If you’re not already familiar with the benefits of following the shipping index you’re missing out on one of the key global economic indicators. But don’t worry, we all start at the beginning. Here are some basics you should know about shipping indexes and what’s happening today.
The Baltic Dry Index
When investors interested in the global economy want to take its temperature, the Baltic Dry Index is a go-to thermostat. The index measures four different sizes of transport vessels that carry commodities such as coal and grain. It offers a generally non-speculative guide to shipping supply and demand. For example, when demand for commodities increases over availability of cargo ships, the index goes up. Of course, the BDI has been in a global slump as demand has decresed for raw materials used to renew infrastructure .
Implications: Supply of dry bulk carriers (ie. big cargo ships) is very inelastic. They are expensive to build and maintain and take time to build. As a result the index is frequently cited as lagging both behind measuring supply and catching up with demand since it supplies raw building materials that need to be processed. News in September that China is looking to boost infrastructure spending $157B nudged the Shanghai Composite Index 3.7% though this hasn’t correlated directly with the BDI’s recent recovery over lows in the 600′s.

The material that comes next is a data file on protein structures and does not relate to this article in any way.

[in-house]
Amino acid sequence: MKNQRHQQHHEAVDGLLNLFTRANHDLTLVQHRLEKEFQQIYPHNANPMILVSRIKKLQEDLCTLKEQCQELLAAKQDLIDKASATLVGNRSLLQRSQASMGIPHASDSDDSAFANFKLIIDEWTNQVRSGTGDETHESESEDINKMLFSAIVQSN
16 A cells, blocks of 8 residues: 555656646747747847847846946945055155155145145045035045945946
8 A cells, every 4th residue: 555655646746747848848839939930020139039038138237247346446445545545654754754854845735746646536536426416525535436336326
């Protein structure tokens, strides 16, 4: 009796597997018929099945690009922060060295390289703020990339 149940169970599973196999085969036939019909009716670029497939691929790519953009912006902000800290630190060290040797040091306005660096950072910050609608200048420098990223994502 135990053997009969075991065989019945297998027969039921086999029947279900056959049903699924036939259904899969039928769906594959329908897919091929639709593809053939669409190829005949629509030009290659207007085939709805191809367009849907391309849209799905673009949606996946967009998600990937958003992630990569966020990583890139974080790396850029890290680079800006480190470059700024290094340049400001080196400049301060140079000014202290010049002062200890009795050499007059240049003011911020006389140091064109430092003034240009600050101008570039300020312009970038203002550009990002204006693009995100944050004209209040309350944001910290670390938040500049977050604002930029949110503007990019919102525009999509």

Dow Jones Transportation Average
This US stock market index has been closely watched as a gauge of American economic activity. It includes major railroads, trucking, airlines, and delivery services–a total of 20 companies that are weighted by price.
Implications: Falling 5.6% in the last six months, the index has foreshadowed lowered expectations for several companies making headlines this month including FedEx (FDX). (FeDEx is often referred to as an economic bellwether.) The index is a red flag despite gains the Dow Jones Industrial Average, suggesting domestic trade has not caught up to the hype. Norfolk Southern (NSC), a large coal transporter, is reacting to lowered prices for natural gas despite upward movements in the BDI. Railways as a whole are doing worse as a result.
Something to think about: although losses in the index are taken as warning signs, it lags behind demand. The indices reveal an opportunity to cut costs, increase efficiency, and adjust to compressed margins.